Every year, without fail, we have a bumper crop of zucchini. There is so much that we have become accustomed to using it in different ways. Storing it for later use as Spicy Garlic Zucchini Pickles is one of the ways that we have learned to not only preserve it but make a tasty and unique addition for our relish plates during the upcoming holiday seasons.
Pickles are a strange thing in our household. Redneck loves them and eats them often, however, I’m more of a sweet pickle kind of gal. I lean toward relish for my sandwiches more than pickles too. I guess I have to admit to being a little weird on my food tastes. Having more than just a few ways to store and use our zucchini crop is a necessity. I really hate having it go to waste. Worse yet, I hate having it rot on my kitchen counter, attract gnats, and then have to try not to gag as I pack it out to the field for disposal.
Zucchini Pickles Heritage
I am by no means the inventor of the zucchini pickle. Or zucchini relish. I grew up with grandparents who had two full-acre gardens, one for each of them. It was a running joke to see who’s would produce better each year. One was on the north side of the house, the other on the south side. Each year, not only their ability to keep up with the garden, fertilize, water, etc., determined their success. Weather conditions and how the sun tracked based on cloud cover and cold fronts came into play. It was so much fun to watch and see what happened to the different vegetable in each garden.
Because of all this “competition”, they had to find ways to preserve their harvest. Especially the mounds of zucchini. I remember helping shred, blanch, freeze, can and so many things that I helped with but really couldn’t tell you what in the devil Grandma was really doing with it. It’s amazing how sometimes the memories of things are in spurts.
I took the basic recipe for zucchini pickles and altered it to give it a little more kick with this recipe.
Redneck loves a little spice to his food. It could be garlic, or jalapeno, or just some good ole Tobasco. I, on the other hand, steer clear of the heat in food. Not because I don’t like it. I have acid reflux according to the doctor but refuse to be medicated on such a regular basis. Stick around A Hippy and a Redneck… you will learn my abhorrence of Big Pharma for sure.
Prepping Your Zucchini
I try to wait until later in the season to process my zucchini pickles. The longer the plant produces, the quicker they seem to ripen. I like making zucchini pickles from the crop that is more along the size of a large cucumber.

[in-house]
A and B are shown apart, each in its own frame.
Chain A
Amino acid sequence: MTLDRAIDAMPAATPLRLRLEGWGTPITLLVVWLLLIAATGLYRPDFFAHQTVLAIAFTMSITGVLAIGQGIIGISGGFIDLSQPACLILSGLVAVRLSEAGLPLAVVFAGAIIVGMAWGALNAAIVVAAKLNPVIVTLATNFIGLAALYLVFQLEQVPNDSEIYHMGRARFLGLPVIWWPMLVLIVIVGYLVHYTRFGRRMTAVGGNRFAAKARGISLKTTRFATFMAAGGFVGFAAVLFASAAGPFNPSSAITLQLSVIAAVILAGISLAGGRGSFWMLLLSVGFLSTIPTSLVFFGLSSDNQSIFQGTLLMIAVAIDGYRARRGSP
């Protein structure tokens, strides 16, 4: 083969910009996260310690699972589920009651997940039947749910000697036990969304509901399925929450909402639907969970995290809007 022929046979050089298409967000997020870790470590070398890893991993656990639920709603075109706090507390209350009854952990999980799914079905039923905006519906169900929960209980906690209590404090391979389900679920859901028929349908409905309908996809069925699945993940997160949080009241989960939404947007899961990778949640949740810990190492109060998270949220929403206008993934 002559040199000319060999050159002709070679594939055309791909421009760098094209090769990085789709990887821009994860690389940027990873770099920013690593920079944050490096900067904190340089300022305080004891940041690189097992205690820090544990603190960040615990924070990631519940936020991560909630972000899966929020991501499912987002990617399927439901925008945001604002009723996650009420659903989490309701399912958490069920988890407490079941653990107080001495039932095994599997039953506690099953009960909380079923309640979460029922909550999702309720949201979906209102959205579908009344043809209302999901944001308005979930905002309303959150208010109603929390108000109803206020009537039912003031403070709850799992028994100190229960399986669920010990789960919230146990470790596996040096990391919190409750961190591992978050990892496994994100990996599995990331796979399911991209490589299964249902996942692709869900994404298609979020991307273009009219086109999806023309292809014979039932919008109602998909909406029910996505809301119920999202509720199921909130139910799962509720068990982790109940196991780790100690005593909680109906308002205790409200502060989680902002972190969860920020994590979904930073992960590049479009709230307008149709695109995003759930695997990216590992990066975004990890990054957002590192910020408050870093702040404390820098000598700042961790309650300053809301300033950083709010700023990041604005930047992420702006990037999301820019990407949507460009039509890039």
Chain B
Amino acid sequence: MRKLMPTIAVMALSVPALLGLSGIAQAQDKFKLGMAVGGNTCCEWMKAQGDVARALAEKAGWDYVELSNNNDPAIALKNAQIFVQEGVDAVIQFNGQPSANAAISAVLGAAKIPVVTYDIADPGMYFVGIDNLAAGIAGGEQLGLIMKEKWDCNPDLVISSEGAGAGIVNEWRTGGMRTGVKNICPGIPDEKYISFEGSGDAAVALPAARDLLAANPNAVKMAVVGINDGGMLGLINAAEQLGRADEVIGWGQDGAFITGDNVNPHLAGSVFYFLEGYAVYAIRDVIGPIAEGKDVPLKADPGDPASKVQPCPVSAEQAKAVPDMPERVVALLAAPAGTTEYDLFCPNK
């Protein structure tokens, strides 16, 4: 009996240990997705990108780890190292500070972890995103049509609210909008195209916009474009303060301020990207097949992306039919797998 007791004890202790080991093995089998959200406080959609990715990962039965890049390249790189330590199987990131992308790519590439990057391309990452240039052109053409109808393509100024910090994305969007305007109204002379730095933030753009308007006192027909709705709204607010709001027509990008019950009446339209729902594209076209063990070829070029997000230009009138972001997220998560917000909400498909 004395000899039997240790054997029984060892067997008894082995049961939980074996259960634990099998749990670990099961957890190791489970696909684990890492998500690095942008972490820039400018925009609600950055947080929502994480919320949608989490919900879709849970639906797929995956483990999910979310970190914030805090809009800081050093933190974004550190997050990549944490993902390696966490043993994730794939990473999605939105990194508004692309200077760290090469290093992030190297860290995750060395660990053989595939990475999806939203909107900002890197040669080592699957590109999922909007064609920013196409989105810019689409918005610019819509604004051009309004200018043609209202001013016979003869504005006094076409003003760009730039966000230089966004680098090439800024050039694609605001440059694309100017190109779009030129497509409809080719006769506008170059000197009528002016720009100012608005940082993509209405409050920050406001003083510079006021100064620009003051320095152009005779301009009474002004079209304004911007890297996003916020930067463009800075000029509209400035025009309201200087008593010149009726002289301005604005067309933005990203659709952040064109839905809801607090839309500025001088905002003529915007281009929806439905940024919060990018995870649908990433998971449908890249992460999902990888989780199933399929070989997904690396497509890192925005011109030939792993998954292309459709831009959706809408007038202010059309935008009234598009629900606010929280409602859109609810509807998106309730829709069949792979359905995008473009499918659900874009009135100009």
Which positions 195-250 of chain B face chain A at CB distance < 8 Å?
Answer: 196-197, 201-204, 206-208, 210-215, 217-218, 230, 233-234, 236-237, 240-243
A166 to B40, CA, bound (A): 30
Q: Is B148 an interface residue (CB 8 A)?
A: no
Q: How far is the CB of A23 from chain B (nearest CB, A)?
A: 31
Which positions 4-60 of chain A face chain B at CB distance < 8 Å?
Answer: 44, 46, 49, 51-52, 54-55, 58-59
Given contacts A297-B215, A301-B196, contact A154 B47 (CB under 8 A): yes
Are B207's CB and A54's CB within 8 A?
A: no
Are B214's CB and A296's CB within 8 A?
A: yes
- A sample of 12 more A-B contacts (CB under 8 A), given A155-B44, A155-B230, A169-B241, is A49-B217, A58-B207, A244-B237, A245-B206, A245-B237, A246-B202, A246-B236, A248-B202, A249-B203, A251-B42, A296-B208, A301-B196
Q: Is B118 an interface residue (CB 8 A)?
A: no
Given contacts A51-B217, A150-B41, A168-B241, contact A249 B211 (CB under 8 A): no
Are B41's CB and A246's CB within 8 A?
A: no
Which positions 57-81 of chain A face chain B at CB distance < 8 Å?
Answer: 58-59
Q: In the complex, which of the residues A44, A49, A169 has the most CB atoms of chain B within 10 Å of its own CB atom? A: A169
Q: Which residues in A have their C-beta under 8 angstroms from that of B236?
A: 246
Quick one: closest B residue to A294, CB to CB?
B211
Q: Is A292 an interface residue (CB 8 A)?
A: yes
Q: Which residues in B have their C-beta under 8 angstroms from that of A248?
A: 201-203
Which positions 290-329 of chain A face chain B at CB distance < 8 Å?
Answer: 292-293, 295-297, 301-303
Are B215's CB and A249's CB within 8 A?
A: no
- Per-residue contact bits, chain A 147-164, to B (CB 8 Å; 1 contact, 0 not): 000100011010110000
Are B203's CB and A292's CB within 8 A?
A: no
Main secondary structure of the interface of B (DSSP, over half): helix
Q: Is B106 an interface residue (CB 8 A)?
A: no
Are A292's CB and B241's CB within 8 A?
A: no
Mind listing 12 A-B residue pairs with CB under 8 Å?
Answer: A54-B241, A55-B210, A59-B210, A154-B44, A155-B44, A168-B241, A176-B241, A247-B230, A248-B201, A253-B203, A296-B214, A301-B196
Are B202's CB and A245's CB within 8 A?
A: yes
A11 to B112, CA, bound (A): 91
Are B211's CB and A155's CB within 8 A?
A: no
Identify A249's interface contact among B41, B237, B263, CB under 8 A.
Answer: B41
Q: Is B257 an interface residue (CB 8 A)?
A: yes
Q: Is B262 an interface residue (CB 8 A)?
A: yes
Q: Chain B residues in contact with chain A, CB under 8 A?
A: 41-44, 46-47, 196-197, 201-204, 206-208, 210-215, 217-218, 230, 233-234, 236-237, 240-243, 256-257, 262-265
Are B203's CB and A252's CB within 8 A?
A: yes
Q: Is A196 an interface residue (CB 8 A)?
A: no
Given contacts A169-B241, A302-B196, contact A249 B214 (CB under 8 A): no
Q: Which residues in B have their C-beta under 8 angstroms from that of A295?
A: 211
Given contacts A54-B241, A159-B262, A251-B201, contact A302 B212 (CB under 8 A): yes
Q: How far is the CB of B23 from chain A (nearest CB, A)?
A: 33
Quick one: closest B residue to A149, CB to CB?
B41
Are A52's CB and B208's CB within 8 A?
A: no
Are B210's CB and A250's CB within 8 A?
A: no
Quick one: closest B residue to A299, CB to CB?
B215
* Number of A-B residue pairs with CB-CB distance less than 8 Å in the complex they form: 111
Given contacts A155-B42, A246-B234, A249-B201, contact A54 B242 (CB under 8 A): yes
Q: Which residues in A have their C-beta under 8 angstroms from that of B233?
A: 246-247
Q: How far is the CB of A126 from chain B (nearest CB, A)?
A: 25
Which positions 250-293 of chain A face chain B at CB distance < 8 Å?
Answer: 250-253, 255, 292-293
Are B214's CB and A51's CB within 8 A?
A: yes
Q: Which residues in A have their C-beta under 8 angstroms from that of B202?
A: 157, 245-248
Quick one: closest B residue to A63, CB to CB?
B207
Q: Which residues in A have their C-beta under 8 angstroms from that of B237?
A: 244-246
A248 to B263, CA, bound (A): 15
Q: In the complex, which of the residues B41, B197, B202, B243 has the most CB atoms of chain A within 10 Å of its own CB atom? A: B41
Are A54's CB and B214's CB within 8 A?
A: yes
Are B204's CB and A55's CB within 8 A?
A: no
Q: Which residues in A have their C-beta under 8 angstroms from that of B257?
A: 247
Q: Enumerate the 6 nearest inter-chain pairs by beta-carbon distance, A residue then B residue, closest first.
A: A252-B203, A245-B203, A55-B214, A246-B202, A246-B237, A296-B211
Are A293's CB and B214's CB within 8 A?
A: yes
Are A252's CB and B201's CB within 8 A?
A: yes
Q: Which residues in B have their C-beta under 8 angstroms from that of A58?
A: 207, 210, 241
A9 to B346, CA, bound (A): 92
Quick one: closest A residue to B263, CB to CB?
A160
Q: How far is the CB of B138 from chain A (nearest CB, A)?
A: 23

My preferred method of cleaning is to soak my vegetables in a cold water bath in my sink. I rinse all of the squash, lay them in the clean sink, cover them with cold water and add in a splash of distilled white vinegar. The vinegar helps clean out the imperfections in the skin of the zucchini and repels any little bugs that may be hiding there.
I let these soak for about 45 minutes to an hour, just to make sure things work properly.
Leaving the skin intact, I cut off the ends of the zucchini, and then quarter lengthways into spears. As I cut, I attempt to be mindful of length in relation to my canning jars. I attempt to keep them all at the same height so that they pack into the jars uniformly.
Always be careful when handling hot brine and jars. I like to use silicone mitts to keep from burning myself, as I am somewhat accident prone. (Ok, according to Redneck, I’m just clumsy.)
My Canning Advice
Using a water bath canning is a great starting method for those new to canning. I always recommend water bath canning first to get a feel for the process. Pressure canning is a bit more dangerous for the novice canner. Get comfortable with your water bath method before moving on to the pressure canner.
Spicy Garlic Zucchini Pickles Recipe
Spicy Garlic Zucchini Pickles
Preserve your zucchini harvest with this bold, spicy variation of a pickle that is a great addition to your relish plates.
- 1/2 bushel zucchini scrubbed, soaked, and quartered
- 2 cups apple cider vinegar
- 2 cups white vinegar
- 4 cups water
- 5 tbsp pickling salt
- 2-3 tbsps pickling spice
- dried dill weed
- 8-10 small jalapeno peppers (or peppers of your choice) split with seeds intact
- 20-30 whole garlic cloves peeled and lightly smashed
Prepare your jars and lids for canning.
In a large stock pot, bring both kinds of vinegar, water, and salt to a simmer.
To each jar add pickling spice (2-3 tbsps), 2-3 fronds of dill weed, 2-3 pepper pieces (to personal taste), and 4-5 cloves of garlic.
Pace the zucchini into the jars so they are tight but aren't damaged. Make sure they sit in below the neck of the jar.
Pour the brine into the jars leaving 1/2" headspace.
Wipe the rims of the jars and place the lids and rings on top. Avoid touching the sealing area of the lid. Tighten well but do not overtighten.
Process in a water bath canner for 10 minutes. Remove and allow to cool on the counter.
Store in a dry, cool place. Let age approximately 7-10 days for full infusion of flavors.
Label and store up to 1 year.
I can’t wait to hear what you think of these amazingly kicked up Zucchini Pickles! Let me know if you try it and how you alter it to accommodate your own family’s personal tastes.